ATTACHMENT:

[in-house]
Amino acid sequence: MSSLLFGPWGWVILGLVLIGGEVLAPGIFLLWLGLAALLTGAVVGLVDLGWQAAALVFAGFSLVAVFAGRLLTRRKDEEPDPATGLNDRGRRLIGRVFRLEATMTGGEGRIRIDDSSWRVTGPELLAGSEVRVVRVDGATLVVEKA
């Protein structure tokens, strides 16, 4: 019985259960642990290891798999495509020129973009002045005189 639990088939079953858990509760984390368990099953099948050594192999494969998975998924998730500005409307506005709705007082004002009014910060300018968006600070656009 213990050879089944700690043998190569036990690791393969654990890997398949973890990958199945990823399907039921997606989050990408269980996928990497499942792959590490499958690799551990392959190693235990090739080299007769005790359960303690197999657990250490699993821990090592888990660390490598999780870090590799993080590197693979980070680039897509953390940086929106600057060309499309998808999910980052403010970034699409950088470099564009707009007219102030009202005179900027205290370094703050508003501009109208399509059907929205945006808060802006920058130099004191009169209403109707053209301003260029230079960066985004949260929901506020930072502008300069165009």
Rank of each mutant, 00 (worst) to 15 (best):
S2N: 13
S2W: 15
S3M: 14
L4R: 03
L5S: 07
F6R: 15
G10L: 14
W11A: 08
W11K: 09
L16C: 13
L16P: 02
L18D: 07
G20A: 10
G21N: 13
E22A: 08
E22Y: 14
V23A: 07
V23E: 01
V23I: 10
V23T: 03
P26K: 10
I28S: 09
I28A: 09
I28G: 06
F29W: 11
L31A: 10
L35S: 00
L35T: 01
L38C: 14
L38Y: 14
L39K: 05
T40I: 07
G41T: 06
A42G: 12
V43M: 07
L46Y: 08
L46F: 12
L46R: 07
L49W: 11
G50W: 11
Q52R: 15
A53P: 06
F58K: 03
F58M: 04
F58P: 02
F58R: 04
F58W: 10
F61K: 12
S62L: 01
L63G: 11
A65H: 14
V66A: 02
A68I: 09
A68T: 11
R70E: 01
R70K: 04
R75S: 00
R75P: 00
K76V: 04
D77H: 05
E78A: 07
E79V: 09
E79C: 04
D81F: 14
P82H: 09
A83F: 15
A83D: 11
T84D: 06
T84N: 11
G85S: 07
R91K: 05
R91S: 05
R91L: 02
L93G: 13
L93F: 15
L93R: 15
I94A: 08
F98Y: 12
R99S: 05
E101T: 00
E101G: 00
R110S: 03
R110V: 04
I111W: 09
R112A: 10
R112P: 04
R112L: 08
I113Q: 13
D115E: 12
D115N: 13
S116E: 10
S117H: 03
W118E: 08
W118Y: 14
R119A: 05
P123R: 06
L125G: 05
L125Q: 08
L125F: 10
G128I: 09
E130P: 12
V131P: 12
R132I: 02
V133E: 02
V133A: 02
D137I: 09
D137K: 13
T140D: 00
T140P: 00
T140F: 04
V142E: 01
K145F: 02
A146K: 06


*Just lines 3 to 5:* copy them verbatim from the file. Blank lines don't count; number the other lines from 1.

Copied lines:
């Protein structure tokens, strides 16, 4: 019985259960642990290891798999495509020129973009002045005189 639990088939079953858990509760984390368990099953099948050594192999494969998975998924998730500005409307506005709705007082004002009014910060300018968006600070656009 213990050879089944700690043998190569036990690791393969654990890997398949973890990958199945990823399907039921997606989050990408269980996928990497499942792959590490499958690799551990392959190693235990090739080299007769005790359960303690197999657990250490699993821990090592888990660390490598999780870090590799993080590197693979980070680039897509953390940086929106600057060309499309998808999910980052403010970034699409950088470099564009707009007219102030009202005179900027205290370094703050508003501009109208399509059907929205945006808060802006920058130099004191009169209403109707053209301003260029230079960066985004949260929901506020930072502008300069165009």
Rank of each mutant, 00 (worst) to 15 (best):
S2N: 13